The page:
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Festivals in India
Festivals bring joy to humanity and Indian tradition nurtures this phenomenon. There are festivals for every occasion in a family, festivals around every season in a community and festivals common to all regions of the country and some exclusive to every region of the country. Festivals go with celebrations, rituals, decorations, dances and music.
Festivals are part of living to every Indian to lead an enjoyable living.
Festivals of the Family
There are festivals which goes like the life cycle of a member of the family, although the festivities connected with marriage function are predominant. But, there are many more.In olden times, and even now in villages, there used to be a celebration when a girl attains age. Then after marriage, when a woman conceives there is a festival to enthuse her by adorning her with bangles by all the women folks, which is called valaikappu in the southern part of the country. There are similar bangle ceremonies in other parts of the country too.
When the child is born, there is a naming ceremony which again goes with lot of festivities. The next grand festival would be the marriage. There are many ritualistic ceremonies, like feeding the child for the first time, celebrating the appearance of the tooth, child starting its walk, etc.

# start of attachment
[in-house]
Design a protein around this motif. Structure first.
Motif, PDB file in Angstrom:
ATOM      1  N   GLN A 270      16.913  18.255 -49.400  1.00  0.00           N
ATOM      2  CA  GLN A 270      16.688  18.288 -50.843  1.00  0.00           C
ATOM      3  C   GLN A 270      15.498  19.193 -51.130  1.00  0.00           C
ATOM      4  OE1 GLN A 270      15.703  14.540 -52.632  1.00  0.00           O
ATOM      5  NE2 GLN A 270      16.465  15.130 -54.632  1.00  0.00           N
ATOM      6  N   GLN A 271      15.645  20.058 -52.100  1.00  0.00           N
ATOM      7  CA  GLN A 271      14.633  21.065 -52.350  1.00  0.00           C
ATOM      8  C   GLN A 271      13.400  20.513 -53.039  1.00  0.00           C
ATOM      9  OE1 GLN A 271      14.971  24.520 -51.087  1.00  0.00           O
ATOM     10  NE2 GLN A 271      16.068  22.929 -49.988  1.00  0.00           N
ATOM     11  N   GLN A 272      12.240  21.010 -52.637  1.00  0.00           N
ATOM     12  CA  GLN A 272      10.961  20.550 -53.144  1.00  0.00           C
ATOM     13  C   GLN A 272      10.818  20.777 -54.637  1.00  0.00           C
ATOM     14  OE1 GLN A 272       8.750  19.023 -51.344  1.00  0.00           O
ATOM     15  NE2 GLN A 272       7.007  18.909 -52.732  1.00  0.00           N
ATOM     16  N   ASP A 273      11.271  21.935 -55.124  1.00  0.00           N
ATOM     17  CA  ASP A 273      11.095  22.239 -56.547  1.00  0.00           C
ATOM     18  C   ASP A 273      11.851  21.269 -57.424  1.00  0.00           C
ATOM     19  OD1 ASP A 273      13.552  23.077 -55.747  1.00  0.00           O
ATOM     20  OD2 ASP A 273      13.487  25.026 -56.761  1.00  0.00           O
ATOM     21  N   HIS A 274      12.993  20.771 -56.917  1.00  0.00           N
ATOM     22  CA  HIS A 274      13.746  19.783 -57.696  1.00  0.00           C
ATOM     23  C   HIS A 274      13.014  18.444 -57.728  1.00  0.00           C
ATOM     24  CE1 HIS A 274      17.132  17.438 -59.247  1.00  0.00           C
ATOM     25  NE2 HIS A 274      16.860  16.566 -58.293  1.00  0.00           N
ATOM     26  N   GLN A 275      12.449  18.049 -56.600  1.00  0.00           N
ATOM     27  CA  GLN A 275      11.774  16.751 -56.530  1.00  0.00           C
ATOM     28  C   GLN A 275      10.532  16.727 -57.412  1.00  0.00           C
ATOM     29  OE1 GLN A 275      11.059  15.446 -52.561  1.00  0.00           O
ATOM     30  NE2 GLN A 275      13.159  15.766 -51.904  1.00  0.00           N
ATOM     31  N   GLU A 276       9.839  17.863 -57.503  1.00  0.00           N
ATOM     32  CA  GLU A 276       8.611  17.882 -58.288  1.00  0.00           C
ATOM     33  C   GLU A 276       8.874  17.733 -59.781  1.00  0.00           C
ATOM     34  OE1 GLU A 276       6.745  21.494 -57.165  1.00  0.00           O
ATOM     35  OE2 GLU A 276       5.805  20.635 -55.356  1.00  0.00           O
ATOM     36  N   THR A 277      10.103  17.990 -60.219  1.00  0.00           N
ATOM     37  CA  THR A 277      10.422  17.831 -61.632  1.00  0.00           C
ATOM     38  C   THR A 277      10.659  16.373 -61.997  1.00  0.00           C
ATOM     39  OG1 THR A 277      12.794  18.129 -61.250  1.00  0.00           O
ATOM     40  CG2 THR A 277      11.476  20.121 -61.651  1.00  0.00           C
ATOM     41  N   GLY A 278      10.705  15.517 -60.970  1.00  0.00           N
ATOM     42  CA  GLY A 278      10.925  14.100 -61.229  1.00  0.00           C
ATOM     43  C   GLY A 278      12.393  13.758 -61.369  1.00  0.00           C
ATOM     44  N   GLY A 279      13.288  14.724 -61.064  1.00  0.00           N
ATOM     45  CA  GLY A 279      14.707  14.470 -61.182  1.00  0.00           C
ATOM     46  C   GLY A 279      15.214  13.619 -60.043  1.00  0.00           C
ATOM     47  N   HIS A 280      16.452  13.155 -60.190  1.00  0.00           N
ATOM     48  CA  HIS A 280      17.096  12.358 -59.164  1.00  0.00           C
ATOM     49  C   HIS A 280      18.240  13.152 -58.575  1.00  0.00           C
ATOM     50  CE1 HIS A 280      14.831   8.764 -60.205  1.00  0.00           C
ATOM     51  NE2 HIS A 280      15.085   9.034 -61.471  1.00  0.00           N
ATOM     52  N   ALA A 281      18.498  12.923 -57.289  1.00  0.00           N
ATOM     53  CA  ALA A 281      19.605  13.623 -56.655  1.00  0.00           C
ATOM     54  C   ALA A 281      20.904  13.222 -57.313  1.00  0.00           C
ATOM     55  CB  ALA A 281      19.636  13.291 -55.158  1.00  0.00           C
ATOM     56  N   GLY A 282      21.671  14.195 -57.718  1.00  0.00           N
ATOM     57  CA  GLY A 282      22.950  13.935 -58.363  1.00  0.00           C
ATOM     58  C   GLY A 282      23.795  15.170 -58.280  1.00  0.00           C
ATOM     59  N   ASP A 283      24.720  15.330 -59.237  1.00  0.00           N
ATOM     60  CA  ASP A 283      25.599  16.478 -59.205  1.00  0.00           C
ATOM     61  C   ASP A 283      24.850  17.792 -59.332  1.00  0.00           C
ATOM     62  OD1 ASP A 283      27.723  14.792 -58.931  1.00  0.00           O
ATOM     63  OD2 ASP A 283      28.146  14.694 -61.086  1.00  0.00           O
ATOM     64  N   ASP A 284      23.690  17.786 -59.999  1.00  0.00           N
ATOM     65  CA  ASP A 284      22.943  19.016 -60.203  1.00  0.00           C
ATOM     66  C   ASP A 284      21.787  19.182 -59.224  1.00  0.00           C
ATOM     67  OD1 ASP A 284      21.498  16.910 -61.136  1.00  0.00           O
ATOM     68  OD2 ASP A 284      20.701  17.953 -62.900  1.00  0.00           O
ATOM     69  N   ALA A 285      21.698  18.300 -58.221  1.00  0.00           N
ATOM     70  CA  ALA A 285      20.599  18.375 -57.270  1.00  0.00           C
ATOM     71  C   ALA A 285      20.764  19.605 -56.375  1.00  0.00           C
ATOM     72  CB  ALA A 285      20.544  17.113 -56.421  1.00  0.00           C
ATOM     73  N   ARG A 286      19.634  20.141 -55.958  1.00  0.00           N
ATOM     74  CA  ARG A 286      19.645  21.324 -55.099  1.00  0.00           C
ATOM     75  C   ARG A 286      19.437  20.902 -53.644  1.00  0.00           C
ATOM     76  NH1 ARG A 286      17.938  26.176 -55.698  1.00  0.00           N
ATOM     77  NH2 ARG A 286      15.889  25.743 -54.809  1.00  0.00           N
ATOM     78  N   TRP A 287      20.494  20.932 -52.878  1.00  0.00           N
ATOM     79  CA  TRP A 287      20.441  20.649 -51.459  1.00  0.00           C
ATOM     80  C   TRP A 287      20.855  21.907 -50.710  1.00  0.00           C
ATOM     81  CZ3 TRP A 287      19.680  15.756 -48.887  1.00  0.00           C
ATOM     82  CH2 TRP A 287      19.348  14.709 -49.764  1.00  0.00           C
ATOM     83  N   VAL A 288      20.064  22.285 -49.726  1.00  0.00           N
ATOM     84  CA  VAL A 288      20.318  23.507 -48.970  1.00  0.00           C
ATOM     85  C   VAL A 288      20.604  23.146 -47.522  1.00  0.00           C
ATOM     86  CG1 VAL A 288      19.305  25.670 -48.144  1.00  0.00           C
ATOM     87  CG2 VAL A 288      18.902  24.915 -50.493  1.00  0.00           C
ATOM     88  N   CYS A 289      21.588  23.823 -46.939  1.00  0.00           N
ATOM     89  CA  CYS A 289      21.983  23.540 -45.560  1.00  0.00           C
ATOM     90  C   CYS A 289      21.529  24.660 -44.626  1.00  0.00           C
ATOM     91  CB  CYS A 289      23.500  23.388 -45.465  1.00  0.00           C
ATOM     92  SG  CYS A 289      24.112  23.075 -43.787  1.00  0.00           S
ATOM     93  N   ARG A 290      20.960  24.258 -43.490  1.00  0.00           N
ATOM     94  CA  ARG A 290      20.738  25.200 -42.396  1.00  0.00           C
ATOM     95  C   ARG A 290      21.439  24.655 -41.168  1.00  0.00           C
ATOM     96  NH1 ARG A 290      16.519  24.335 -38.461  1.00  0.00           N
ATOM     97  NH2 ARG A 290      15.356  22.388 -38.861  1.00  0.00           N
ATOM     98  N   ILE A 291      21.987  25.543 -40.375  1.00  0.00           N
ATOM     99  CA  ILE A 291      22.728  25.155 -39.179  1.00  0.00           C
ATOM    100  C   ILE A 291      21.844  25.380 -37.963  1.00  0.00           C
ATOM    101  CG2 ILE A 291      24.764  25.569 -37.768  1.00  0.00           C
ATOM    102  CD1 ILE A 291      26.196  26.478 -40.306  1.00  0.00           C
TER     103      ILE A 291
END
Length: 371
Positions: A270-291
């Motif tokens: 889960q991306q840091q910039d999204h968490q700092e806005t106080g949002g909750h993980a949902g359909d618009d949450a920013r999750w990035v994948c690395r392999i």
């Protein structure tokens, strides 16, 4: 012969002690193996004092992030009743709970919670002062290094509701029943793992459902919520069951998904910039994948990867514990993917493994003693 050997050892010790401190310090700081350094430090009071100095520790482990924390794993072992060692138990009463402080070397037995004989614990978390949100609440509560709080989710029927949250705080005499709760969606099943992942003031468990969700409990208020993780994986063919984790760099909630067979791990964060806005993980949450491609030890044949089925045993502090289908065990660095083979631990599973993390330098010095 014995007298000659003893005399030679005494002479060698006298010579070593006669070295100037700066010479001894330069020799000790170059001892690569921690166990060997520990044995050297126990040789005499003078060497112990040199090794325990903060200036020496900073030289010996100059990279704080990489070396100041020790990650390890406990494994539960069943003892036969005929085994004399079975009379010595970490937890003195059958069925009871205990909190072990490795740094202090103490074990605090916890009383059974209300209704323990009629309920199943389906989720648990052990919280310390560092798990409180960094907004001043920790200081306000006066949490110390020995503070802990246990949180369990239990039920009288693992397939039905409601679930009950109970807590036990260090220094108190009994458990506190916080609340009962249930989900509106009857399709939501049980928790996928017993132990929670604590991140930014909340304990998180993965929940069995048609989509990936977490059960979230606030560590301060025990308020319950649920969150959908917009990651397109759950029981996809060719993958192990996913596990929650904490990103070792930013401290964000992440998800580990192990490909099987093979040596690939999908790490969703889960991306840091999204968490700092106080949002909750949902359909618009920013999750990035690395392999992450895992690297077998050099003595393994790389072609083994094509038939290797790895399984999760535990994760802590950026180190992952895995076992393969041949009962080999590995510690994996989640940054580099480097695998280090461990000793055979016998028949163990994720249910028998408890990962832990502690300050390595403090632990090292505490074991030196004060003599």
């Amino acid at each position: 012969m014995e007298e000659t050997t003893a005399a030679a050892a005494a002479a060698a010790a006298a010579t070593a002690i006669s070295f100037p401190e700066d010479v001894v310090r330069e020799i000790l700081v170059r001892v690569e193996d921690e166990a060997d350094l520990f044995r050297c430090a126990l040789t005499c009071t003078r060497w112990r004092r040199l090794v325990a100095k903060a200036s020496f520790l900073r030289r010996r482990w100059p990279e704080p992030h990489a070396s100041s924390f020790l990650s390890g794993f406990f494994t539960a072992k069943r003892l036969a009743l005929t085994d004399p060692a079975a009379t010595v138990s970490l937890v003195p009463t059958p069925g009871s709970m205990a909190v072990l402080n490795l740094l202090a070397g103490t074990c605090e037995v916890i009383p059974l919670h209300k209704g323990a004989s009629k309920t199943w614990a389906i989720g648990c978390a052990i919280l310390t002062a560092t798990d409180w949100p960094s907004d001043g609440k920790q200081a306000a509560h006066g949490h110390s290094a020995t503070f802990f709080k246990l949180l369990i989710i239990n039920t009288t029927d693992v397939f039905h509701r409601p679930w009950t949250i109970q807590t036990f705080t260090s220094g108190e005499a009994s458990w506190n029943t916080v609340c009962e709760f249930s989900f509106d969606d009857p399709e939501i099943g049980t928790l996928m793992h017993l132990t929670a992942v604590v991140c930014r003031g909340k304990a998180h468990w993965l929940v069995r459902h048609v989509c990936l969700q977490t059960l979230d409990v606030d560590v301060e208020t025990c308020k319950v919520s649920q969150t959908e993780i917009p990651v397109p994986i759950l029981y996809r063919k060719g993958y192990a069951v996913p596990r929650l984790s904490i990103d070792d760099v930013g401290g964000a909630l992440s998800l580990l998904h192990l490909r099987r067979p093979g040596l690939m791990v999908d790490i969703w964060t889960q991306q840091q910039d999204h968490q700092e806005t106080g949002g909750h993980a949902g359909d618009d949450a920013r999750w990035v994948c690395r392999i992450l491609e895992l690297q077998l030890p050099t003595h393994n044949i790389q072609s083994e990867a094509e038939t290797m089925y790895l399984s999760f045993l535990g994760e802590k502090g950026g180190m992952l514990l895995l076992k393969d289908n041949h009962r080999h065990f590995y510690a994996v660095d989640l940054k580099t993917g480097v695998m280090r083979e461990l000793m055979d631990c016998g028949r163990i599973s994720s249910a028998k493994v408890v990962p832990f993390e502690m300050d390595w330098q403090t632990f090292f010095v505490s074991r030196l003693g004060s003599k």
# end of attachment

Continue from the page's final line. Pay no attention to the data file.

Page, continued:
Festivals of the Community
Each community has its own festival. Agriculture and farming are the main activity of the country. IN earlier period, most of the festivals go with the break of seasons and enjoying the pleasure of cultivation and prosperity through produce. Makara Sankaranthi is the common festival throughout the country, when the Sun enters the Zodiac sign of Capricorn, when exactly the harvesting season begins and celebrations are found in all parts of the country. In Tamilnadu, they call it Pongal and celebrate it with festivities and joy around good food, good clothing and acknowledging the cattle for their kindness. Likewise, the other parts of the country celebrate this festival in different names, such as Lohri (Punjab) Gan-Ngai (Manipur), Akhatrij (West), BhogaliBihu (Assam)GudiPadwa (Marathi) Nabanna (Bengal), Onam (Kerala) and a few other names in few other States.
Festivals of India
The common festival celebrated throughout India is Diwali or Deepavali, which has different connotations at different regions; however, the festival is celebrated in the same way like wearing new cloths, bursting crackers and lighting lamps. While in the south they attribute it to Lord Krishnaâ€™s consort, Satya Bhama granting a boon to Naragasura, called Naragachaturti whereas in the north it is a home coming celebration of Sri Ram with Seethaji after Sri Ramâ€™s 14 years of exile from Ayodhya.
Holi is another festival celebrated throughout India, while Ganesh Chaturti is predominant in Maharashtra but is celebrated throughout India. Likewise, Durga Puja of Bengal is prominent in that part, while the whole country celebrates that season as Ayudh Puja and Viswa Karma puja which celebrated in factories and workshops in a grand manner.